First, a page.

Photodegradation of Pharmaceuticals and Organic Contaminants in Water Using TiO2 and BiOCL-BiOI
Heterogeneous photocatalysis using semiconductors is an emerging green technology, suitable and recently applied for removal of these recalcitrant contaminants in waste water. The advantage of this technology is based on the generation of highly oxidizing radicals for degradation of organic pollutants to nontoxic intermediates or inorganic compounds such as water and carbon dioxide. Recent studies focus on improving the efficiency of the photocatalysis by immobilizing the photocatalyst on a substrate, preparing visible light photoactive catalysts in a cost effective way and optimizing photocatalytic reactors. The focus of this thesis is to develop a technique for immobilizing catalyst on polymeric substrates and prepare a visible light active photocatalyst for effective degradation of organic contaminants in waste water effluent. A novel low temperature heat attachment technique for immobilizing catalyst film on polymeric materials at low temperature was developed using Dimethylacetamide (DMAC) as the immobilization solvent. The catalyst was successfully immobilized on Poly methyl methacrylate (PMMA) and Polyvinylidene fluoride (PVDF) at low temperature of 55 °C. Immobilized catalyst adhesion test was carried out using two different techniques: by measuring the turbidity of water under maximum speed magnetic stirring in the reactor and by using adhesive tape scratch method. Both methods proved that the catalyst film on the polymeric substrate was strongly attached on the substrate. The turbidity of water measured during the adhesion test was relatively constant at 0.135 NTU after four hours of agitation for TiO2 immobilized on PMMA which implied that catalyst attrition was not experienced in the process. The immobilized photocatalyst was characterized using scanning electron microscopy (SEM), Energy Dispersive Spectroscopy (EDS) and Atomic Force Microscopy (AFM). The TiO2 film was observed to be evenly distributed with an average thickness of 14 μm after the third coating. The immobilized catalyst activity was tested by degrading a recalcitrant pharmaceutical in a batch reactor under UVC irradiation. Experimental results showed that the photocatalysis followed pseudo first order reaction kinetics. 100% degradation of carbamazepine was achieved after 3 hours irradiation. Comparison study of reaction kinetics performed with other works indicated that the technique is a potential candidate for treating waste water. NOM in tertiary and secondary wastewater effluents resulted in 16% and 33% decrease in reaction rate constant respectively. Increase in number of substrates resulted to an increase in photodegradation rate constant, and a correlation between reaction rate constant and immobilized surface area was obtained as Y = 0.00134 X + 5.03 * 10-4. The results also indicated that the photodegradation efficiency of the catalyst film on PMMA is in the order of P25 > Anatase TiO2 > P25/AC. The film catalyst was also found to be highly stable, self-regenerating and reusable after an additional 3 cycles of experiment. A continuous flow photocatalytic reactor was also designed and fabricated using galvanized steel with TiO 2 immobilized on a highly porous ceramic substrate at 400°C using 5.5% (v/v) phosphoric acid as binder. BiOClx/BiOI(1-x) which is a visible light heterojunction catalyst was rapidly prepared at room temperature and calcined under microwave irradiation. The prepared photo-catalysts were identified and characterized using X-ray diffraction (XRD), scanning electron microscopy (SEM), UV–VIS diffused reflectance spectroscopy (DRS) analysis, and N2 adsorption-desorption isotherms. The characterization revealed that the catalyst composite formed a spherical hierarchical 3D structure with nano pore size of 19.81 nm, average particle size of 155.2 nm and band gap of 2.75 eV. Photo-catalyst experiment performed in degrading Tartrazine affirmed that BiOCI/BiOI composite with a molar ratio of 0.85 to 0.15 exhibited the highest photo-activity and achieved 100% degradation of 20 mg/l of Tartrazine in 60 minutes and 140 minutes in a reacting volume of 100 ml under simulated solar light and LED visible light irradiation respectively. Results also showed that the photo-catalysis followed pseudo first order reaction mechanism with kinetic rate constants of 0.097 min-1 and 0.048 min-1 for BiOCl0.85/BiOI 0.15 under simulated solar light and LED visible light irradiation respectively. BiOCl0.85/BiOI0.15 was also found to be five times better than P25 and fourteen times better than BiOI. Under both simulated solar light and LED visible light irradiation, effect of water depth was investigated, and the result showed that the degradation rate constant decreases with increase in water depth. Comparison based on Electrical Energy per Order (EEO) reveals that water depth of 5.08 cm with EEO of 63.12 and 273.375 for irradiation under both solar light and LED visible light irradiation respectively is the optimum height for the degradation. (Abstract shortened by ProQuest.)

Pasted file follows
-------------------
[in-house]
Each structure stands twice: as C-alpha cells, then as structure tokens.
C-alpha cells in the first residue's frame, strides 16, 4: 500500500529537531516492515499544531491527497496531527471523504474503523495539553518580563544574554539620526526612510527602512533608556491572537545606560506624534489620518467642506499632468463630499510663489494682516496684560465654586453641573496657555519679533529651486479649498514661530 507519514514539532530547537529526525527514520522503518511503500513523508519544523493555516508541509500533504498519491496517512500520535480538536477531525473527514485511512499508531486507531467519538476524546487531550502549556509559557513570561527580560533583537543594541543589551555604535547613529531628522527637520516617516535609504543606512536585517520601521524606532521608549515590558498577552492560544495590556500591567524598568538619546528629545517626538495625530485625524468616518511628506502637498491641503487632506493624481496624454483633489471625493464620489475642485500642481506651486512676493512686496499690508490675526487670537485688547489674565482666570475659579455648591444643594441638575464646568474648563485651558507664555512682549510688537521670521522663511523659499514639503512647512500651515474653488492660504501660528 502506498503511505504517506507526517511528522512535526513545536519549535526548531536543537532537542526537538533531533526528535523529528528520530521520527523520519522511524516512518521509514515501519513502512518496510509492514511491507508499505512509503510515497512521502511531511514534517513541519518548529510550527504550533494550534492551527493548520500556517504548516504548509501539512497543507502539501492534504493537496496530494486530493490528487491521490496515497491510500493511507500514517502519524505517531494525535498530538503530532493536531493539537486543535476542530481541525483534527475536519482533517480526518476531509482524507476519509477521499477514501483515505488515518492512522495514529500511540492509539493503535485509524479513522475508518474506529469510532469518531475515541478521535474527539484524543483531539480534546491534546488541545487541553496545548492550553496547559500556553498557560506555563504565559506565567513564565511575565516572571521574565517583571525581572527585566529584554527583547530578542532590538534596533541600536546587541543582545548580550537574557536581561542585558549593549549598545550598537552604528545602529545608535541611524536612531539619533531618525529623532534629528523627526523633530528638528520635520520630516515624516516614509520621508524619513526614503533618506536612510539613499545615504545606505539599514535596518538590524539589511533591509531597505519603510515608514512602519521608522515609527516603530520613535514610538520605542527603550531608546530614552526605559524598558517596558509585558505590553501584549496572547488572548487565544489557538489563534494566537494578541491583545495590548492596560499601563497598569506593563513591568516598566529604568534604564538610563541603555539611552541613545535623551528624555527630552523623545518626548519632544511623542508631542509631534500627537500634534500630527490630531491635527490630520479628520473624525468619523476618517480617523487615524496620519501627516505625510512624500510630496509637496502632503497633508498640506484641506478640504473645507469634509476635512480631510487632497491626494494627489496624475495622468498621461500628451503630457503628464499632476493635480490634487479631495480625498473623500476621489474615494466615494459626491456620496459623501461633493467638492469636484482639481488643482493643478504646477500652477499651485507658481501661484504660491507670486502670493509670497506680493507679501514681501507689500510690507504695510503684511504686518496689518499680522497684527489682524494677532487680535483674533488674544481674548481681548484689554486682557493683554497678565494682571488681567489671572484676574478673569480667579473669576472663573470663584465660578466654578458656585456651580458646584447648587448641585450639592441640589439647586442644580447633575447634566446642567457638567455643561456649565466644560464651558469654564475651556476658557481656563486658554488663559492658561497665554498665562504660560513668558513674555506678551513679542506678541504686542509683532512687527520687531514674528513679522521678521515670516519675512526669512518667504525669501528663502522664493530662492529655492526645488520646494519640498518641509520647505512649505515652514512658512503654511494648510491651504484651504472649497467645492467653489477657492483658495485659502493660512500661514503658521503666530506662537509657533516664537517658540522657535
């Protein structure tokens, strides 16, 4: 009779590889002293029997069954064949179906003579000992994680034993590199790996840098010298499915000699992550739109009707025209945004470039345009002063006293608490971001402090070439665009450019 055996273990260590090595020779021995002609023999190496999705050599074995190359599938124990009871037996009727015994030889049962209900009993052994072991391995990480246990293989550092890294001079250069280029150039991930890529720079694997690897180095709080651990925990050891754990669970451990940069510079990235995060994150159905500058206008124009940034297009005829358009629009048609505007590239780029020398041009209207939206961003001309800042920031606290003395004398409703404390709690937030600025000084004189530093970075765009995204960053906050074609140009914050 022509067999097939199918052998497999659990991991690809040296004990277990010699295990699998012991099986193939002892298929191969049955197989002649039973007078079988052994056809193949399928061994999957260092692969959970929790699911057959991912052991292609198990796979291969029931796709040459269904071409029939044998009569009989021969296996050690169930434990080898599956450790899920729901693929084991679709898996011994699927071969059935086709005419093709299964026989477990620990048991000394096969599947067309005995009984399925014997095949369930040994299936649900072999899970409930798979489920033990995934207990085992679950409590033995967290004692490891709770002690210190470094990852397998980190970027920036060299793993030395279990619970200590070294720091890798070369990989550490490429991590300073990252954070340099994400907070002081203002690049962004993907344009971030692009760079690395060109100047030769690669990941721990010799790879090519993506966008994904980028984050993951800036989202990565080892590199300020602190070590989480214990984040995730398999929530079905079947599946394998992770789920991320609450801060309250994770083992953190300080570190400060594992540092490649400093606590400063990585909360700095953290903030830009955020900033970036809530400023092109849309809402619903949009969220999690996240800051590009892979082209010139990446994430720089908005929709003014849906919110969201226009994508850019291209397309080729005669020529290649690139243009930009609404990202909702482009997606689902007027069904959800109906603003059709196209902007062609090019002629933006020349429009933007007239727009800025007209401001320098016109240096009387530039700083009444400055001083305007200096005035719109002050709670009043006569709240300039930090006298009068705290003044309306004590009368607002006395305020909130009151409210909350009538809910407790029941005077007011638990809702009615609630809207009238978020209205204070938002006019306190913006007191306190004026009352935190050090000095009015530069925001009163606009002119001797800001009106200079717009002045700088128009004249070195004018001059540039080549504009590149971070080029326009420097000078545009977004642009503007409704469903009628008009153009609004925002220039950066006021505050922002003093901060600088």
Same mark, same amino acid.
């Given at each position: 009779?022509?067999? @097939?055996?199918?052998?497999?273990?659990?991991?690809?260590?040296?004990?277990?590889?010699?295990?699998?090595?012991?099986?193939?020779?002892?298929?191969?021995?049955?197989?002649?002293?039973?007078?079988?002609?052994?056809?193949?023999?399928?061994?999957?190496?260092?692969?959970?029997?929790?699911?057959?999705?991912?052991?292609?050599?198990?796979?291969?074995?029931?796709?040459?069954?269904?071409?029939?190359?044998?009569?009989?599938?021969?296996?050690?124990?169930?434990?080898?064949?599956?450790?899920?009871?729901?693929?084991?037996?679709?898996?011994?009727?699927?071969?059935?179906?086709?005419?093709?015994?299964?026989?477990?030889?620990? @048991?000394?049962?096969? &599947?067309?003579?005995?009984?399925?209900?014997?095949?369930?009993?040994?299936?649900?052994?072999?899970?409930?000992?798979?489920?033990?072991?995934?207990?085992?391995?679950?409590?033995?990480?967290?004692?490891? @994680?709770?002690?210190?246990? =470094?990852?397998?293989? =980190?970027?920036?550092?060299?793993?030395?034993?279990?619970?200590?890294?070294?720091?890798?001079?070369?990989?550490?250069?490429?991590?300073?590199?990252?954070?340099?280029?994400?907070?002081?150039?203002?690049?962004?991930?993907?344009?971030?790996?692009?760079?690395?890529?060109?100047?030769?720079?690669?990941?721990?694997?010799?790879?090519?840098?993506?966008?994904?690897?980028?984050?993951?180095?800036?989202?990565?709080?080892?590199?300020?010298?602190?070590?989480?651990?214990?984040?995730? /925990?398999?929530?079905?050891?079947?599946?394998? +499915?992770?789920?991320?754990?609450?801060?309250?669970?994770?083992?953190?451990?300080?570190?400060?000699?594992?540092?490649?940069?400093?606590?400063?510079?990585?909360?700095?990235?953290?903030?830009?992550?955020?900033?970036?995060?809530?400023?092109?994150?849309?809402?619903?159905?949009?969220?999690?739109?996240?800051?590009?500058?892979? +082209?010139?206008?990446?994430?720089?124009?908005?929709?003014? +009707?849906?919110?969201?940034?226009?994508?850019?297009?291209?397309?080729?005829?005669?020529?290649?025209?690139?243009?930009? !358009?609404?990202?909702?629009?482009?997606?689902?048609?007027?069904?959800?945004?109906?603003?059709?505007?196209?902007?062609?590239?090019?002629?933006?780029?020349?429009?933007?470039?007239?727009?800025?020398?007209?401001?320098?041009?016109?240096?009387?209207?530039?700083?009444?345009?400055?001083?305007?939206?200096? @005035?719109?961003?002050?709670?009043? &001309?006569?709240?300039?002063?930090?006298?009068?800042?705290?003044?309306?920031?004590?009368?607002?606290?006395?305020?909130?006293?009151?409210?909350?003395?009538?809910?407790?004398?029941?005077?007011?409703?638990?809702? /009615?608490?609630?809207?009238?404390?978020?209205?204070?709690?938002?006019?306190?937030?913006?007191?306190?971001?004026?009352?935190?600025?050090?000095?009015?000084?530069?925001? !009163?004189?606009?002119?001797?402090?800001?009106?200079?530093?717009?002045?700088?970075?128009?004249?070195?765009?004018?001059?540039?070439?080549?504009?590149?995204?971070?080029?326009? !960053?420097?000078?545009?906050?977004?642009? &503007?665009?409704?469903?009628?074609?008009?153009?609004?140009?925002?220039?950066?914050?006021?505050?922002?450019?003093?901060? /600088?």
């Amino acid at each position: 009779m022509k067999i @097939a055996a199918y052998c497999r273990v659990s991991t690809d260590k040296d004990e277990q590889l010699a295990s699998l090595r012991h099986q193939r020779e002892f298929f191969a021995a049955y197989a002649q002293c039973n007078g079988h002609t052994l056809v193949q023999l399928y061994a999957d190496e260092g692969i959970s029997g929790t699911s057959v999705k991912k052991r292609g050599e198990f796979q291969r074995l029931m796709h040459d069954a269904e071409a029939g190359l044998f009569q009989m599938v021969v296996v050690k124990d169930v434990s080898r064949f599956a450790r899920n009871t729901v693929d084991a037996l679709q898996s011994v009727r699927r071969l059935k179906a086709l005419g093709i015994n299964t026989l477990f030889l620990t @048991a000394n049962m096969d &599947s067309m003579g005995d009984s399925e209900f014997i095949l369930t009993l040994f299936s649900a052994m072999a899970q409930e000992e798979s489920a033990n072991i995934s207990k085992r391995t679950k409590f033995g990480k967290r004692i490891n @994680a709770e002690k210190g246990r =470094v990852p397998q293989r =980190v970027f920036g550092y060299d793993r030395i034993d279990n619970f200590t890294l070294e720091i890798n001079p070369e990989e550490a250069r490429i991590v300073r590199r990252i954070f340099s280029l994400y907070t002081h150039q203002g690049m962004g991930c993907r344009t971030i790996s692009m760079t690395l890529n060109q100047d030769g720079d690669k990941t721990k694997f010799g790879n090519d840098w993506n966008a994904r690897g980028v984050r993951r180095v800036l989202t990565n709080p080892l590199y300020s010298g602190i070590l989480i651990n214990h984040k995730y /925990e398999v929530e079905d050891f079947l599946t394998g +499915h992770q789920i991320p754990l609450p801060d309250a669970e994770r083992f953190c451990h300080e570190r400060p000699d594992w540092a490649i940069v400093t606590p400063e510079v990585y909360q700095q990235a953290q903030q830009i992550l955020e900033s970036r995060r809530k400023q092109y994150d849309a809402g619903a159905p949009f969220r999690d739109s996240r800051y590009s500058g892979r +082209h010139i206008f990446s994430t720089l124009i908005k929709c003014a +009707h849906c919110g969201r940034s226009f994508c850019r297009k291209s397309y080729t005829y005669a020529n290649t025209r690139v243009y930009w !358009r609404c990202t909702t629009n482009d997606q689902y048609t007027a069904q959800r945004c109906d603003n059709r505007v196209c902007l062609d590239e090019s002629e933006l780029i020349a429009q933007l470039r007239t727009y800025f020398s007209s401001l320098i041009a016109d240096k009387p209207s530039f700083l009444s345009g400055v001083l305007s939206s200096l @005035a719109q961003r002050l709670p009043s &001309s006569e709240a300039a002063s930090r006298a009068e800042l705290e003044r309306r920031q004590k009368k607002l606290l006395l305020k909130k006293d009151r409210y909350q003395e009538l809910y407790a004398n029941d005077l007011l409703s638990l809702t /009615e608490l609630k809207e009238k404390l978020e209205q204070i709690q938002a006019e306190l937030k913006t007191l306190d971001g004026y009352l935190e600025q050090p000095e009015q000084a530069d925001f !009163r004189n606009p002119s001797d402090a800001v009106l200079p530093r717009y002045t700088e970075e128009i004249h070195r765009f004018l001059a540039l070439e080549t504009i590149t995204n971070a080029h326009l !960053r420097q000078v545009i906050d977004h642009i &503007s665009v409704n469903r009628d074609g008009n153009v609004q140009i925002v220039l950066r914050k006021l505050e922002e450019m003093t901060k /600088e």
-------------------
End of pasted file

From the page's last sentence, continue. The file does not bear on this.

Nnanna, Purdue University.
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